Asia has many delights to offer a traveller. But some incredible places are often overlooked in favour of more popular or more convenient locations. I’d like to give a couple of examples I’ve come across in my travels and encourage you to look beyond the obvious destination choices next time you plan a trip, wherever that may be. You might be missing out on an amazing experience!


The most popular way to experience Cambodia is to cross in from Thailand, see Angkor Wat at Siem Reap, and then go back to Thailand or straight through to Vietnam via the capital city, Phnom Penh.

That’s understandable, since it’s the most convenient way to get a taste of Cambodia without spending too much time travelling about. But if you do venture off the road most taken and head south, there’s a plethora of wonderful things to experience.

I recommend extending your time in Cambodia to travel south from Phnom Pehn to Sihanoukville. It’s a bit of a journey that takes about three hours but won’t cost you very much – and it will be worth it if you want to get more out of your trip.

Sihanoukville (sometimes affectionately referred to as “Snooky”) boasts stretches of white beaches to rival those in Thailand, with barely-touched islands to explore for a pretty reasonable price. Most of the islands have low-cost and eco-friendly accommodation options, with others like Koh Rong Sanloem offering higher priced, more luxurious surroundings.

If you’re coming from Thailand and perhaps getting bored of beaches and island-hopping, head to Kep to try fresh seafood at the crab market. While you’re in Kep, try the Kep National Park for a bunch of well-signposted hikes, with options to suit most experience and fitness levels. Cambodia has plenty of other opportunities for trekking, visiting temples, and exploring pristine national parks all over.

Cambodia also has some amazing volunteer projects, which could take you away from the tourist traps and deeper into everyday Cambodian life. Volunteering offers you the chance to help in places affected by poverty, but can also be a low-cost accommodation option – a base you work at during the week and can explore from over the weekends.

Original Volunteers have a low-cost programme that is rare in not being near Siem Reap. Most volunteer projects are based around Siem Reap as a convenience, being close to the airport and the border with Thailand, but hey! Other places need help too. Just make sure you do your research to find an ethically sound project that suits your needs and skills. You can also check out Workaway and WWOOF for low-cost volunteering opportunities, as both have options for Cambodia.


On the other side of the coin in terms of development, Japan suffers the same issue of having a lot of great destinations overlooked. Most popular locations to visit in Japan are Tokyo and Kyoto, the capital and former capital respectively. Adventurous visitors might try Osaka or Okinawa, but without prior research most people plump for the obvious – Tokyo.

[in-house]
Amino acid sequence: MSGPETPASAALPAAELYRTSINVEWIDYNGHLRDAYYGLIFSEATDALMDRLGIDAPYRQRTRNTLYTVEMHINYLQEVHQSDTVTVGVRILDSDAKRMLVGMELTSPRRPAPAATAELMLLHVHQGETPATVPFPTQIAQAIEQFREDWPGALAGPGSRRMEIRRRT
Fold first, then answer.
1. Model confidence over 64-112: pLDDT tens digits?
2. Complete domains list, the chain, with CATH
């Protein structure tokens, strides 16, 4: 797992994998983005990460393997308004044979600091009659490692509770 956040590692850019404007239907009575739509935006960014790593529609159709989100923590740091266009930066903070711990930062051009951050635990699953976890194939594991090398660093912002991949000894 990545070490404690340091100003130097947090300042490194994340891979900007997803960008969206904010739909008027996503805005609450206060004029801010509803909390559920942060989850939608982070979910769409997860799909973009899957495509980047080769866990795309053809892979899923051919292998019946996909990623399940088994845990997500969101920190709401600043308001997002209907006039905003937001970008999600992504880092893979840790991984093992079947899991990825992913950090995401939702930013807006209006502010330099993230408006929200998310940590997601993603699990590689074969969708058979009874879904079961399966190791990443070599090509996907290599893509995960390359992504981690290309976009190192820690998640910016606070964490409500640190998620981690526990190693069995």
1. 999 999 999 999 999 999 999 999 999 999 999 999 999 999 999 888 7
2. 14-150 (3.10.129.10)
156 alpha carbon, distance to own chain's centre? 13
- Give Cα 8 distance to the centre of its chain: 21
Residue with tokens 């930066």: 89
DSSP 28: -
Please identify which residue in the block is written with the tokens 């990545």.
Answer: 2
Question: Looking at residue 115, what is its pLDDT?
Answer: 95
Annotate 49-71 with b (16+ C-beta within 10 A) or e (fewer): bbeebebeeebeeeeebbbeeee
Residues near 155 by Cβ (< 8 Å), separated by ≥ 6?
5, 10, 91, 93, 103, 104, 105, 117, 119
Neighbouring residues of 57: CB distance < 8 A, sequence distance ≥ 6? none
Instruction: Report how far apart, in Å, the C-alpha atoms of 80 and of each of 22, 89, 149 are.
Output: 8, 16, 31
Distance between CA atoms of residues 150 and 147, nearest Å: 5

It’s easy to get to, has everything you need, and offers many different angles to Japanese culture. But by not venturing to other parts of the country, you’re missing out! If you’re considering staying outside of Tokyo, my recommendation would have to be Yokohama.

Yokohama has a more laid-back atmosphere than Tokyo, with plenty of free and cheap activities for all ages – which will very likely be less crowded than Tokyo attractions. There’s an abundance of museums, like the silk museum which has some amazing kimono on display. Visit Chinatown for great food and souvenirs, or the marina to look at enormous cruise liners – even take a little boat trip for an alternative view of the city.

Surprisingly, there are enough shops to rival Tokyo too, but with less crushing crowds. Try Yokohama Vivre in the Yokohama Station area for every kind of fashion, or Minato Mirai’s many shopping malls and attractions.

Yokohama’s appeal also includes the Pikachu Outbreak parade in August, a German-style Christmas Market in December at the Akarenga (red-brick warehouse), and the Yokohama Arena where you can watch baseball or take in a concert.

Being a smaller city than Tokyo, it’s also a lot easier to find local, cheap places to eat and hang out. The Gumyoji area has some hidden gem restaurants, so utilise the pleasant, easy-to-navigate subway system well.

If there are things you do want to see in Tokyo, it’s only a 30-60 minute train journey (depending on if you manage to catch the express!) for only just over £3 (480 yen) each way. Trains run from Yokohama station to Shibuya station, from very early morning to very late night. Yokohama is also ideally situated to make trips out to Yokosuka and Kamakura, or weekend trips further afield.

In Yokohama, you might find it a little harder to get by speaking English than if you stayed in Tokyo, but not impossible. Take some time to brush up on your Japanese before you go!

If you’d like to try venturing further out than Yokohama, why not look at Sapporo for cooler weather, the snow festival and skiing? Or consider Hiroshima for a cool location with great food and baseball obsession. Nagoya is another option with its diverse history – Nagoya was the birthplace of Oda Nobunaga, as well as the “Nagoya kei” punk-influenced music genre.

And Beyond

There are so many wonderful countries to visit in Asia, and each of them has locations that are overlooked. If you’re interested in travelling in Asia, a little bit of research into places off the beaten track could lead to a marvellous adventure.